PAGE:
Tiger Woods rolls up to Royal Portrush for British Open prep

Former world number one among those who arrived early ahead of final Major of the year

Tiger Woods on the eighth green during the first practice round at the British Open in Royal Portrush. Photo: Niall Carson/PA Wire

Tiger Woods on the eighth green during the first practice round at the British Open in Royal Portrush. Photo: Niall Carson/PA Wire

 

What’s the best way to beat jetlag? Well, as far as Tiger Woods was concerned, the remedy was to get straight out onto the links at Royal Portrush Golf Club: the 15-times Major champion, who hasn’t played since last month’s US Open, got his preparations under way for this 148th British Open on the Causeway Coast with a full round, playing alongside Patrick Reed.

And, on the first official day of practice, a day which saw large crowds converge on the course in what is an all-ticket sell-out for the championship that gets under way on Thursday, Woods was very much the star attraction among a multitude of big name playerss who sought to get acquainted with the links.

Rickie Fowler (having missed the cut in the Scottish Open), Dustin Johnson, Hideki Matsuyama, Jason Day, Bryson DeChambeau and Adam Scott were among those getting a taster of a course set-up in pristine condition. Scott, indeed, played a pre-arranged round with Darren Clarke, who knows the links like the back of his hand, in hoping to pick up some nuggets of information.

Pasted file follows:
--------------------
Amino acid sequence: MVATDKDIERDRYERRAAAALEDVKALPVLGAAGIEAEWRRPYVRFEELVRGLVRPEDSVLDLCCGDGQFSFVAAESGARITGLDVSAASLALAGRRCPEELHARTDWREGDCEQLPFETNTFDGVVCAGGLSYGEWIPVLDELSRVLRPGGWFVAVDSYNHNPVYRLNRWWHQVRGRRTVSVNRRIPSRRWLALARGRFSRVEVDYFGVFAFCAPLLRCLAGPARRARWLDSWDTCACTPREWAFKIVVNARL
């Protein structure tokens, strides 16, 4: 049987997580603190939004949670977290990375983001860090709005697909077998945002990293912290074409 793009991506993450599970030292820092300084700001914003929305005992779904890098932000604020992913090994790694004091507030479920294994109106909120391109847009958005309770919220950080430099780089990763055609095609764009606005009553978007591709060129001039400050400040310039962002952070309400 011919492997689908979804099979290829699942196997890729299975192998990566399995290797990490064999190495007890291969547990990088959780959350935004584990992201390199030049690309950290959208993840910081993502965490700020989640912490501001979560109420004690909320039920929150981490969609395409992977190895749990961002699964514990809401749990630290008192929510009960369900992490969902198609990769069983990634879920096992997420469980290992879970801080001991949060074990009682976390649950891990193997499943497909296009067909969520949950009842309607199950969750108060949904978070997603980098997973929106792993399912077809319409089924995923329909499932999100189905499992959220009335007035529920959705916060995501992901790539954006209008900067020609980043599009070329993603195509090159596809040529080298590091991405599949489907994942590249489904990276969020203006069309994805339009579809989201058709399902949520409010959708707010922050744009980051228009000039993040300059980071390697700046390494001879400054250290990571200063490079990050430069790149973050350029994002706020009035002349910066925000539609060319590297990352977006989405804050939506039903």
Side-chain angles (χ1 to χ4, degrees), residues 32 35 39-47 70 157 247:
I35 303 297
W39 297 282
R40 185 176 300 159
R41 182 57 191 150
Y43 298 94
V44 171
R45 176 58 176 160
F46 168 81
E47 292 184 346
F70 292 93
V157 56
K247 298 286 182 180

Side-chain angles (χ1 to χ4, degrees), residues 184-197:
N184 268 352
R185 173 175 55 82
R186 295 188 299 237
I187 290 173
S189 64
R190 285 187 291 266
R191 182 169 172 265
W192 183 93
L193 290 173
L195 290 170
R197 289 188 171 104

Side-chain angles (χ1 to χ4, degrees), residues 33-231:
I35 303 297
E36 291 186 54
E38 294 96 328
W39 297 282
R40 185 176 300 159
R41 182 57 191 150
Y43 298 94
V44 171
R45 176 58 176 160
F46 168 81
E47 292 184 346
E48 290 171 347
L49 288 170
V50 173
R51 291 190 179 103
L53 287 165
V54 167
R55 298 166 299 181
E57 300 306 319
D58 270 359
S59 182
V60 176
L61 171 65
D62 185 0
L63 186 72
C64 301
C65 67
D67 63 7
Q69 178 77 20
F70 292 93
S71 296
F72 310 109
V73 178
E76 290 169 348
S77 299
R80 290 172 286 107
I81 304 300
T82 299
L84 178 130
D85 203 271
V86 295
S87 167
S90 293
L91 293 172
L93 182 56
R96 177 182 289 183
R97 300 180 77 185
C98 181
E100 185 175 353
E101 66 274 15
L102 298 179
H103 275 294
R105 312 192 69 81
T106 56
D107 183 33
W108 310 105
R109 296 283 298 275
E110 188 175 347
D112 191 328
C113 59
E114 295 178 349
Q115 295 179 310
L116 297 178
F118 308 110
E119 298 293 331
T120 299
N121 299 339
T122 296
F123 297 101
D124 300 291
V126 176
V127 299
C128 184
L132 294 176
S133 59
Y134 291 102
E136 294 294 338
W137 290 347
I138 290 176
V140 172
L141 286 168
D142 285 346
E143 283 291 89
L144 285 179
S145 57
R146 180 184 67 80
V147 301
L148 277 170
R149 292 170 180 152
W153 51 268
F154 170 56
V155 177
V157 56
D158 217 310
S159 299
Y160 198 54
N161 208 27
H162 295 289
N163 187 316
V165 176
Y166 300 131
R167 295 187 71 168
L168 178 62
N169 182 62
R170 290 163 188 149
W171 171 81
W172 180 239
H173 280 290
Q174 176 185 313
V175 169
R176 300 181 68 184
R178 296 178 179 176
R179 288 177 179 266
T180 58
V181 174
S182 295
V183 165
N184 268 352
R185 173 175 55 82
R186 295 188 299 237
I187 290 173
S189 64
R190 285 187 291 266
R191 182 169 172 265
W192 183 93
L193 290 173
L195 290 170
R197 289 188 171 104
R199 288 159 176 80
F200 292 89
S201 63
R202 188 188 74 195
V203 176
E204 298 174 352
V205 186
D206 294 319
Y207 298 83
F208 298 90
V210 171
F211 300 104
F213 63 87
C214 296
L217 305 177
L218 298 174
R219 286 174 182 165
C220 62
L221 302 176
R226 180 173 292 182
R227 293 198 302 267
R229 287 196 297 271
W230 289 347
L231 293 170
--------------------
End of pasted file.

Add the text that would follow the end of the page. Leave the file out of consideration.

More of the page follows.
Phil Mickelson arrived to the course later in the afternoon, but preferred to do his ground work on the range working on his swing.

Fast track

For Woods, who has played only nine times this year, his first sight of the Portrush terrain gave him a lot of take in. And given the amount of note-taking undertaken with his caddie Joe LaCava, Woods discovered there is no fast track way of getting to know the Dunluce links which is staging the event for the first time since 1951.

“Yeah, a lot of decisions off the tees, with all the angles. Now, with the wind switching coming out of the south in the future (days), a lot of these shots we hit today are useless. So, we’re trying to figure out what lines to take on and what lines not to take on. And these green complexes are so complicated, you have to miss in the right spot,” said Woods, who flew in from Florida and within two hours was out on the course.

Woods, Reed and their bagmen spent considerable time on the greens, in attempting to get to know nuances and speed. “There’s a lot of movement,” said Woods, who flew in Sunday morning and opted to get straight to the task ahead after taking a family holiday to Thailand following the US Open and without hitting a golf club for 15 days.

Woods’ pre-championship approach has proven to be starkly different to many other contenders, many who arrived in Ireland during the week to get their games conditioned. Jordan Spieth, for example, played a practice round at Portmarnock on Saturday to get the feel of links terrain, while another former champion Louis Oosthuizen spent the week playing links course, including taking in Ballybunion on the South African’s travels along the western seaboard.

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